Victorian S Johnson's Patent Revolution Indicator or Odometer
A Victorian Johnson’s Patent Revolution Indicator or Odometer
Invented and patented in 1876 by Sidney Johnson, the patent revolution indicator was one of a number of patents that this inventor sought to cover under patents during the late nineteenth century. He seems to have been mostly concerned in inventions for carriages and velocipedes or early bicycles. His first in 1871 (US Patent 117638) is a design for a three wheeled velocipede which was considered for use on both land and water and was posted in the London Gazette on April the 4th 1871, making Johnson a rather early designer of these types of vehicle. The velocipede was only starting to become popularised at around 1860 and saw its heyday during the 1880’s.
His next was the odometer currently offered for sale here and is described in the 1874 patent documentation as being, “a new and useful improvement in machinery for indicating the distance travelled by vehicles”.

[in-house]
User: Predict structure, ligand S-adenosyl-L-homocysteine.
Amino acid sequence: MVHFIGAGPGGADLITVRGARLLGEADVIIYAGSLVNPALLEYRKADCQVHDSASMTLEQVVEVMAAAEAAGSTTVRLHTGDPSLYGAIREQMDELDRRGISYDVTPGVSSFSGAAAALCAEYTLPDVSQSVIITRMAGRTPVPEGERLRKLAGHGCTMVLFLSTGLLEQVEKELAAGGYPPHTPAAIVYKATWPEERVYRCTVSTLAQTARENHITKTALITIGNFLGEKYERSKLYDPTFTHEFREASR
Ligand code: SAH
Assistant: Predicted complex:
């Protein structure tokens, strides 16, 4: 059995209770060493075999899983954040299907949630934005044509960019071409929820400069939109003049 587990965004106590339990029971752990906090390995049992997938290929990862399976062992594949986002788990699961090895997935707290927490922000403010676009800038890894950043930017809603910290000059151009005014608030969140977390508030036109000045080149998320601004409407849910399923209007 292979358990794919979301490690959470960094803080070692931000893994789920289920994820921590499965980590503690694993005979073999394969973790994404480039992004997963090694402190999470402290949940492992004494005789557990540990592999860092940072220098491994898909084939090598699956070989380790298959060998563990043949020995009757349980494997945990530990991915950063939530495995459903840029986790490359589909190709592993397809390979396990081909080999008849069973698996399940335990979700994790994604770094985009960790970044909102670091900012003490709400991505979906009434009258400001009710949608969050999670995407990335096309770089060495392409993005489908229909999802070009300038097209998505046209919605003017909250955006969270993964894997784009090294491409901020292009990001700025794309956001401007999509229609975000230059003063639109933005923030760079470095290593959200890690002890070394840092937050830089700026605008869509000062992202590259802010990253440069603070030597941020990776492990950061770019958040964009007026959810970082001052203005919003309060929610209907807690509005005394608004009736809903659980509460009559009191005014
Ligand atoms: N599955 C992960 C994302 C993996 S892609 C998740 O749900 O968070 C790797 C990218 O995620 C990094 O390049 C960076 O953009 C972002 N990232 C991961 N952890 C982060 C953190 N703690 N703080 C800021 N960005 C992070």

His final offering in 1894 is an improvement on the arrangement for spokes on a wheel including a clutch for engaging a wheel with its axle.
Given that Johnson was inventing for a period of twenty four years it seems a shame that so little is known of the man. He had various addresses mentioned in the patents and seems to have moved from West Croydon in Surrey to The Strand in London and finally residing in Ilford in Essex in 1894.
This interesting and unusual piece of engineering history is a rare example of an odometer allowing for the distance to be measured in miles. It comes with its original scaling card which would allow the user to work out distance based upon the diameter of the wheel to which it was attached. It works by use of a ball bearing inside the brass casing, which turns using gravity creating by the turning of the wheel. The weight of the ball bearing turns a ratchet mechanism inside the case which in turn registers the measurement on the front silvered dial. The dial is engraved with the words, “S Johnson’s Patent Revolution Indicator” and bears a Royal Coat of Arms however I can find no evidence that Johnson had the right to use such a title. The odometer also comes complete with its original leather case allowing for it to be attached to the desired wheel.
A super rare piece of travel history which would have had equally useful application for bicycles (velocipedes) or carriages during the period in which it was invented.